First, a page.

Leeuwenhoek's Death

In the final year of his long life, Leeuwenhoek wrote five letters and had them all translated into Latin before he sent them. Other than the 1679 letter about human sperm and the letter of January 15, 1721, these were the only letters published in Latin in Philosophical Transactions. However, for the thirty years he self-published his collected letters, they were all translated into Latin, so he certainly had access to translators.

His friend, publisher Reinier Boitet, described the scene (Dobell translation):
Six-and-thirty hours before his death, when his limbs were already growing numb, the fire of his ardour glowed still so bright, that, with lips stammering and well-nigh stiff, he directed his thoughts to be set down on paper regarding a kind of sand which a certain distinguished gentleman, a director of the East-India Company, had handed over to him, to find out whether any gold were concealed therein.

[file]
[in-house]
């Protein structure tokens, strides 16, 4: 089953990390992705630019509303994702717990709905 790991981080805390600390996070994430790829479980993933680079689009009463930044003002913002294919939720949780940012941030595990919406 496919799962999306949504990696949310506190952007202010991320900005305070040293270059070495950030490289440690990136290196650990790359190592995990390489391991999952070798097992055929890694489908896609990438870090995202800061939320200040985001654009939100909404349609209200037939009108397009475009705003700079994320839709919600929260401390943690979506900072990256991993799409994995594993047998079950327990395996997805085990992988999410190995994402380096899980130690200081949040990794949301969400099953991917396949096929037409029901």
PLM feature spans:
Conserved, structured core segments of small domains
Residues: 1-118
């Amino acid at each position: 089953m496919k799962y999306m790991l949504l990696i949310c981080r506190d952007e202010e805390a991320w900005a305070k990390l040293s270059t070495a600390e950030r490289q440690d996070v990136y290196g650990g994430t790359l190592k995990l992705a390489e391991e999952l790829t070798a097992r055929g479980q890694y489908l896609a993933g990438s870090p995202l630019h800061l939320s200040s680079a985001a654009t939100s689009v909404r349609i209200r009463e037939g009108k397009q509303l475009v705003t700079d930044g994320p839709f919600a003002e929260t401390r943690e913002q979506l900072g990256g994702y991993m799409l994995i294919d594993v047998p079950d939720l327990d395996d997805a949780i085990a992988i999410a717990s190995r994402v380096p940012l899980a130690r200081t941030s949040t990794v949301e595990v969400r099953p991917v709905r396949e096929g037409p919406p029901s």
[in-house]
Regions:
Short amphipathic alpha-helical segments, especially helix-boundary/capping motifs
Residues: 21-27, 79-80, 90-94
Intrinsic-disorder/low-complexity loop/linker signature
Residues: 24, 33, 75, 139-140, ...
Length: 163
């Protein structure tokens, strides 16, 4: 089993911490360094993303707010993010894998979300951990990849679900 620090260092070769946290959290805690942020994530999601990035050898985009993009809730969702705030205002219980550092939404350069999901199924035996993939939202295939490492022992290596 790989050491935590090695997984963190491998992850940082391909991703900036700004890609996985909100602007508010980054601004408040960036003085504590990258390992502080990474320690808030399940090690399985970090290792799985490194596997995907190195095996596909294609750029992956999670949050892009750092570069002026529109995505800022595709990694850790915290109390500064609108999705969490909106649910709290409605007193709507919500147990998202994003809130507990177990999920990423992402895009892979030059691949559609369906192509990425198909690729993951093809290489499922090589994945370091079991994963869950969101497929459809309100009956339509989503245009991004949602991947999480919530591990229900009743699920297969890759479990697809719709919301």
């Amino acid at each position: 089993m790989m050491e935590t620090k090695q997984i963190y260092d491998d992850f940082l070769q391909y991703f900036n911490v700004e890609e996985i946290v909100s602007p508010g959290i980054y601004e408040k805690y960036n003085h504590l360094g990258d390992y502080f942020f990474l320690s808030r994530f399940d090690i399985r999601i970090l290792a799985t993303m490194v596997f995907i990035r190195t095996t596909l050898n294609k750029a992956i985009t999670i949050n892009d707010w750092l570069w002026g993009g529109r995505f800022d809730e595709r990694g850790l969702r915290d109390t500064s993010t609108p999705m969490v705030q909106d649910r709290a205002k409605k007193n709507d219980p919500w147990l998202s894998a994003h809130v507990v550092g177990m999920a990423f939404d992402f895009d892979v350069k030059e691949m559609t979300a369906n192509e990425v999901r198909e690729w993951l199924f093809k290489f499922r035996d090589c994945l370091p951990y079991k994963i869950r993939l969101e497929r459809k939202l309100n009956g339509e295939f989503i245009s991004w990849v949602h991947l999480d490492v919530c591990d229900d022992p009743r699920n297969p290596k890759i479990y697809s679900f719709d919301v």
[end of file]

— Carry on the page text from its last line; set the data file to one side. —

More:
Leeuwenhoek summoned his friend Johan Hoogvliet, who wrote in his cover letter to Philosophical Transactions editor James Jurin:
Our venerable old van Leeuwenhoek, being already in the throes of death, though none the less mindful of his art, ordered me to be called to him; and raising his eyes, now heavy with death, kept asking me in half-broken words if I would translate these two letters out of our native tongue into Latin, and send them, most distinguished Sir, to you.
Jurin published them, in Latin, along with Hoogvliet's cover letter, in volume 32.
Leeuwenhoek died in Delft on August 26, 1723, just shy of his 91st birthday, of bronchial pneumonia.